In many ways, the built world was not designed for you. It was designed for the average person. Standardized tests, building codes, insurance rates, clothing sizes, The Dow Jones – all these measurements are based around the concept of an “average.”
The modern use of averages was pioneered by a Belgian mathematician and astronomer named Adolphe Quételet. In the 1830s, astronomers were some of the only people that regularly calculated averages, since early telescopes were extremely imprecise. To obtain more accurate data for say, tracking the orbits of planets, astronomers would take multiple measurements (all of which were slightly different) add them together, then divide by the number of observations to get a better approximation of the true value. Quételet was the first to take this tool of astronomers and apply it to people.
Quételet started with a data set of the chest measurements of over five thousand Scottish soldiers. From this information, Quételet found that the average chest size of these soldiers was 39 and three-quarters inches. To Quételet, this number represented the “true” size of a Scottish Soldier’s chest. The average measurement was more like the Platonic ideal.
In Quételet’s mind, human averages had a certain moral mandate. By his logic, if everyone were optimally fed and lived under the same environmental conditions, they would be average. And this is what society should be striving for: the continual improvement of the average of the group.
Quételet moved on to other data sets. He found statistics of marriages, murders, and suicides, and calculated averages for them. He found that there was such a thing as a “normal” suicide rate, as well as average numbers for divorces and crime, which was quite scandalous in Quételet’s time—suicide was considered a deeply personal and uniquely horrifying decision, but suddenly averages revealed patterns of society. Questions were raised about whether this kind of discovery could lead to “laws of society” analogous to “laws of physics”—universal truths that cast doubt on human ideas of free will. People became predictable and quantifiable, in their body, size, intelligence, birth, and death. By the 1840s and 50s, Quetelet had become a celebrity, and his radical new science had begun to influence a whole range of people, including Karl Marx and Abraham Lincoln.
Lincoln, after a series of losses to the Confederacy, realized he needed more information about the Union army. He ordered a massive study to assess the soldiers physically and mentally, and, in strict adherence to Quételet’s science, calculated averages of just about everything. These averages began to inform the distribution of food rations, the design of weapons, even the fit of military uniforms.
Before the Civil War, uniforms were custom-sewn. In this war, however, such a massive number of people had to be outfitted that uniforms needed to be mass-produced. But they couldn’t all be one floppy size. Soldiers were put into subtypes: large, medium, and small—classifications that eventually found their way to civilian clothing.
This Civil War study was the basis for the American military’s long-standing philosophy of standardization. So in 1926, when the Army designed its first airplane cockpit, they measured the physical dimensions of male pilots and calculated the average measurement of their height, weight, arm-length and other dimensions.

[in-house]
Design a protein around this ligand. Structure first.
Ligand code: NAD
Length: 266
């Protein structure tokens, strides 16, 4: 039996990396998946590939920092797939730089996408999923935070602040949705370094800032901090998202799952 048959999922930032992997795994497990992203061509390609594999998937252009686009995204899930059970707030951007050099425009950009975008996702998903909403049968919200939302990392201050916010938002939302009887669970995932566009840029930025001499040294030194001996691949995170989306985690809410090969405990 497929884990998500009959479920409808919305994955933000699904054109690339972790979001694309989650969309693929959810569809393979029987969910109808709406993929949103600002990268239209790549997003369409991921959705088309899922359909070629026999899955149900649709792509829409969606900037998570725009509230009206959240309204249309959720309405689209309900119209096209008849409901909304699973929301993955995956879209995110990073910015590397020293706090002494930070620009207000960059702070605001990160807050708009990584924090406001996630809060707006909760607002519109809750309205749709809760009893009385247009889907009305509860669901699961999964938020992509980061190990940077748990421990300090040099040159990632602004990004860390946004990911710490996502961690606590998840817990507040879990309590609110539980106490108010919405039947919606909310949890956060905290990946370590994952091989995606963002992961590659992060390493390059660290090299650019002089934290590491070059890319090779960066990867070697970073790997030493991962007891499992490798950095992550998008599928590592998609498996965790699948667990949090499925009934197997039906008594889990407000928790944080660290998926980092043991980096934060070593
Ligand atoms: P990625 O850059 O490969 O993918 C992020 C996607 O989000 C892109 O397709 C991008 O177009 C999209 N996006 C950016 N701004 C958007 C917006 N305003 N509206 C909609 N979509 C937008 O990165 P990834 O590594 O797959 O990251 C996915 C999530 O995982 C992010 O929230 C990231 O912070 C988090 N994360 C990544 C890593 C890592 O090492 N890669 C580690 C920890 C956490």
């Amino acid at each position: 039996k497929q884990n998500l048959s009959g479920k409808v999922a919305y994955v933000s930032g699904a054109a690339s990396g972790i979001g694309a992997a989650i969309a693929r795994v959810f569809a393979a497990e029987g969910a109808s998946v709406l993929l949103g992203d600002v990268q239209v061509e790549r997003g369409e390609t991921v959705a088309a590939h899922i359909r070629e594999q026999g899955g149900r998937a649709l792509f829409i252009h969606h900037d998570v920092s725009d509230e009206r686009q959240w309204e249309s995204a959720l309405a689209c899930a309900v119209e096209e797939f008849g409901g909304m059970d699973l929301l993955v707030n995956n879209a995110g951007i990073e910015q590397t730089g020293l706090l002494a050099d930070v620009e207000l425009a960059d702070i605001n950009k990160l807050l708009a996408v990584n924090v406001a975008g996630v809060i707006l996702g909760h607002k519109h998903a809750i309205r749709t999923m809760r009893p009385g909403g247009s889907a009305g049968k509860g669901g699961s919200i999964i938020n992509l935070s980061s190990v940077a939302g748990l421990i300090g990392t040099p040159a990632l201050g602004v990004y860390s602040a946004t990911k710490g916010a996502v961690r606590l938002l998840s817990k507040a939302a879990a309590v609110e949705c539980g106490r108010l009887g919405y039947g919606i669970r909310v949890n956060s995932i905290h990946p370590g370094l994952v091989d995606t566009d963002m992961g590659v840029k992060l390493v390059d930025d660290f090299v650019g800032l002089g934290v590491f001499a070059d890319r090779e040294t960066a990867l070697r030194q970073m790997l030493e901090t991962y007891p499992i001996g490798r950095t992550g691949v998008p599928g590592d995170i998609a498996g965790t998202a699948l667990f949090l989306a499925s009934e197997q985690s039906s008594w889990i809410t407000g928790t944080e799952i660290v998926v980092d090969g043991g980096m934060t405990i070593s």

The results determined the size and shape of the seat, the distance to the pedals and the stick, and even the shape of the flight helmets. This means that, in part, pilots were selected based on their ability to fit into the cockpit designed for the average 1920s man.
This worked more or less up until World War II, when the Army began recruiting hundreds of new pilots to expand its air forces (which became a separate branch of the military in 1947). But with the birth and expansion of the Air Force came a decline in performance and a rash of deaths. Even with no war, pilots continued to die during training, as they were unable to control their planes.
The high death rate in the Air Force was a mystery for many years, but after blaming the pilots and their training programs, the military finally realized that the cockpit itself was to blame, that it didn’t actually fit most pilots. At first, they assumed it was just too small and that the average man had grown since the 1920s, so in 1950, they asked researchers at Wright Air Force base in Ohio to calculate the new average.
One of these researches was a young Harvard graduate named Gilbert S. Daniels. In his research measuring thousands of airmen on a set of ten critical physical dimensions, Daniels realized that none of the pilots he measured was average on all ten dimensions. Not a single one. When he looked at just three dimensions, less than five percent were average. Daniels realized that by designing something for an average pilot, it was literally designed to fit nobody.
The Air Force quickly responded. Engineers and contractors designed new equipment, including adjustable foot pedals, helmet straps, flight suits, seats. And pilot performance soared.
Today, we take for granted that equipment should fit a wide range of body sizes rather than being standardized around the “average person.” From this understanding has come the science of ergonomics: the study of how to match people’s physical capacity to the needs of the job.
Whether it’s the equipment, or the whole work environment, design must accommodate more people who are outside the average … because in reality, no one is actually average.